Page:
Go to Contents Go to Navigation

(2nd LD) Seoul sets Nov. 9-24 as new window for space rocket launch

All Headlines 15:23 October 29, 2012

(ATTN: UPDATES with additional information in paras 4, 8-9)

SEOUL, Oct. 29 (Yonhap) -- South Korea on Monday set new candidate dates for the launch of its first space rocket after a previously scheduled launch was called off due to a defective part.

The Launch Preparation Committee set Nov. 9-24 as new candidate dates for the launch of the Korea Space Launch Vehicle-1 (KSLV-1), with Nov. 9 singled out as the most likely date.

Singling out a specific date is for convenience reasons only, and the actual launch could take place on any of the candidate dates, the committee said.

"Based on the interim outcome of an investigation on the defective part and considering the amount of time needed for a more thorough investigation and to take necessary steps, the committee decided the launch of the KSLV-1 will be possible starting from Nov. 9," it said in a press release.

The rocket, also known as Naro-1, was earlier set to be launched Friday, but the launch was called off due to a broken rubber seal in the connector between the launch pad and the rocket's first-stage thrust engine.

The launch committee had originally set Oct. 26-31 as candidate launch dates, but committee officials said the ongoing investigation on the defective part of the rocket will not be completed for another several days.

South Korea has agreed to send the broken seal back to its Russian manufacturer, the Khrunichev State Research and Production Space Center, to see if the seal is the only problem or if it broke because of other undetected problems, such as a gap between the seal and the part it surrounds, according to the Korea Aerospace Research Institute (KARI), South Korea's main space program developer.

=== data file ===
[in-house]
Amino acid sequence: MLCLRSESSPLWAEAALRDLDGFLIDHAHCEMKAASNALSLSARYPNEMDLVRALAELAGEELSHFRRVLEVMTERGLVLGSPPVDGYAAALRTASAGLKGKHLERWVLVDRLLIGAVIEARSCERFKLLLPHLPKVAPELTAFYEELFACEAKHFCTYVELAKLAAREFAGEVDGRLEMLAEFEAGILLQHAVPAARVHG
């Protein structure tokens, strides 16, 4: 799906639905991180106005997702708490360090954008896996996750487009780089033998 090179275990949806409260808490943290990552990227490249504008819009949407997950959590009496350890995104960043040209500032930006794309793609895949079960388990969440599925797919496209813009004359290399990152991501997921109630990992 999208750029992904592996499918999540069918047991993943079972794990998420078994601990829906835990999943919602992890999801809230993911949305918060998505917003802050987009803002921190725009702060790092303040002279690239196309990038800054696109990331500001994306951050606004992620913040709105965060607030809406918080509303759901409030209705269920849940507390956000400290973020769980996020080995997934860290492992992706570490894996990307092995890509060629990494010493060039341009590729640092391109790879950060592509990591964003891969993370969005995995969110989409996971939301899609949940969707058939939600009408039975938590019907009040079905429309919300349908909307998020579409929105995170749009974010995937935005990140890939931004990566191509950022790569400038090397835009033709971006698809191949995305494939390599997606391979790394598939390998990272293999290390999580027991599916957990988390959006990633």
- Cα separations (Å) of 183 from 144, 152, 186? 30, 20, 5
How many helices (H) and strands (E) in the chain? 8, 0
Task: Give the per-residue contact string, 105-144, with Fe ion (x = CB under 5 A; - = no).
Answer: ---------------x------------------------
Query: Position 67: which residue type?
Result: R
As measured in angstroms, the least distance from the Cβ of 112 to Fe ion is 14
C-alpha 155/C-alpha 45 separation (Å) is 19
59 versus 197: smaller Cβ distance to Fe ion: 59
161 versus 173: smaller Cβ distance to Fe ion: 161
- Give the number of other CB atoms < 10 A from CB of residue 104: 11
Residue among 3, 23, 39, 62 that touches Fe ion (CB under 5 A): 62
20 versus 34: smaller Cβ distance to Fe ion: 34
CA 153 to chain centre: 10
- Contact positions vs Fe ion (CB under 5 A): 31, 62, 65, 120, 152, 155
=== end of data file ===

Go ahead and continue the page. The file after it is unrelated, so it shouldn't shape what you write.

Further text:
"No gas leak or damage to a replaced seal was detected in a test for airtightness conducted on Oct. 27 and the Korea-Russia Flight Test Committee, which was convened in the afternoon of Oct. 27, has decided the problem was insignificant," the Launch Preparation Committee said.

"However, the research teams of South Korea and Russia agreed to conduct an additional analysis as part of efforts to more thoroughly prepare for an eventual launch and send the damaged seal to Moscow today for an additional analysis," it added.

The process will take at least 4-5 days, it said, which means a launch within the earlier set dates, which ends on Wednesday, will not be possible.

There are only certain periods throughout the year when a space rocket can be sent into space due to various issues, such as solar activity.

A KARI official earlier said such a time window is only open till mid-November this year.

South Korea's two earlier attempts to send the KSLV-1 into space in August 2009 and June 2010 ended in failure.

bdk@yna.co.kr
(END)

HOME TOP
Send Feedback
How can we improve?
Thanks for your feedback!